Before it became a party favor passed around by the vanity-obsessed set, Botox was considered to have several non-cosmetic therapeutic purposes, many involving the treatment of muscle spasms. And today it was announced that the popular wrinkle-fighting drug has been approved for use by some people suffering from overactive bladder.
When you shoot Botox into your face to freeze it into a mask of dispassionate youthful non-expression, you might also be harming your ability to perceive emotions in others, a new study says.
While a lot of people are using Botox to iron out the creases above the neck, doctors say that some women can also benefit below the belt from the injection’s non-cosmetic effects.
We all know what Botox is. But can you name any of the anti-wrinkle injection’s competition? That’s why the maker’s of competing drug Dysport are not only offering rebates to attract new customers, they’re also offering rebates on Botox if you’re unhappy with their product.
A Botox clinic in Virginia made news recently when it offered free anti-wrinkle injections to job-seekers. The “Botox Bailout” event allowed old, recently unemployed hags the chance to trade in their wrinkled resume for a wrinkle-free forehead. Because, if you’re having trouble finding work in the middle of a recession then, duh, it’s because of your crow’s feet.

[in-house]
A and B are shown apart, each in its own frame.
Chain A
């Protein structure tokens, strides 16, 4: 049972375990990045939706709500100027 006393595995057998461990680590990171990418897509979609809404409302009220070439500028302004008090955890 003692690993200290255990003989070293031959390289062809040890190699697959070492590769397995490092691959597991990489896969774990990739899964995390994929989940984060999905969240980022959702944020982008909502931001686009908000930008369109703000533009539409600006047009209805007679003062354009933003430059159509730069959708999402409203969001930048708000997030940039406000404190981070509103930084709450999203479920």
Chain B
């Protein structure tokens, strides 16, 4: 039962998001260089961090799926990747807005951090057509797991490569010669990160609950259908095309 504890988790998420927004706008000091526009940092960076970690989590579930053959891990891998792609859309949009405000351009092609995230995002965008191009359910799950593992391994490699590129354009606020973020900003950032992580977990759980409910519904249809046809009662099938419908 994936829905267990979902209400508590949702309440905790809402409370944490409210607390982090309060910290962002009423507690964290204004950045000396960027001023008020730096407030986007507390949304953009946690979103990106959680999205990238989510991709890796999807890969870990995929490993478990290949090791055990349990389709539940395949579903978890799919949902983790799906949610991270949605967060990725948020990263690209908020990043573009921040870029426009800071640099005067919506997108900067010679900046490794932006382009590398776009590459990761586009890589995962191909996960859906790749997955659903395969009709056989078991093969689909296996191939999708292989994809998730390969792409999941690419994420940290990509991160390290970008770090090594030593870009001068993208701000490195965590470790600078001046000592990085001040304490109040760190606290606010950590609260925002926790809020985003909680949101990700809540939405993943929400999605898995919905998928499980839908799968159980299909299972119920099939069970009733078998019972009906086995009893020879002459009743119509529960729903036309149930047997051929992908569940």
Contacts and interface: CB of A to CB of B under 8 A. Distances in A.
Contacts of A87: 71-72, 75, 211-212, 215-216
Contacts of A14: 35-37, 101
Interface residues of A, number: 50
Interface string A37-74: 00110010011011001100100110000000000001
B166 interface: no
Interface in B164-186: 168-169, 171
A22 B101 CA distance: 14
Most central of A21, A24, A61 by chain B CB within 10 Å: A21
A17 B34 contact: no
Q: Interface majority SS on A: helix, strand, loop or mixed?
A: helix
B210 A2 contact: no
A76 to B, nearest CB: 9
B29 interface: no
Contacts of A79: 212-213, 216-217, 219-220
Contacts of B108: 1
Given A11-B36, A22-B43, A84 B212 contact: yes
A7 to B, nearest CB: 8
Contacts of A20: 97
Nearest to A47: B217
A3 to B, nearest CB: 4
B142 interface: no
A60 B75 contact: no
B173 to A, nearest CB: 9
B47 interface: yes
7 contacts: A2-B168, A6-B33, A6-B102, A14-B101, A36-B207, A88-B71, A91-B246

Who knew botulism could be so awesome? Botox is Allergan’s cash cow, earning the pharmaceutical company $1.3 billion last year alone. The funny thing about the toxin—originally developed as a biological weapon—is it works for a lot of “off-label” uses as well (like treating anal fissures and preventing hair loss), and Allergan says that non-cosmetic applications could be an even bigger market because health insurers will help pay for the treatments. Likely upcoming FDA-approved treatments: stroke-induced muscle spasms, chronic migraines, and enlarged prostates.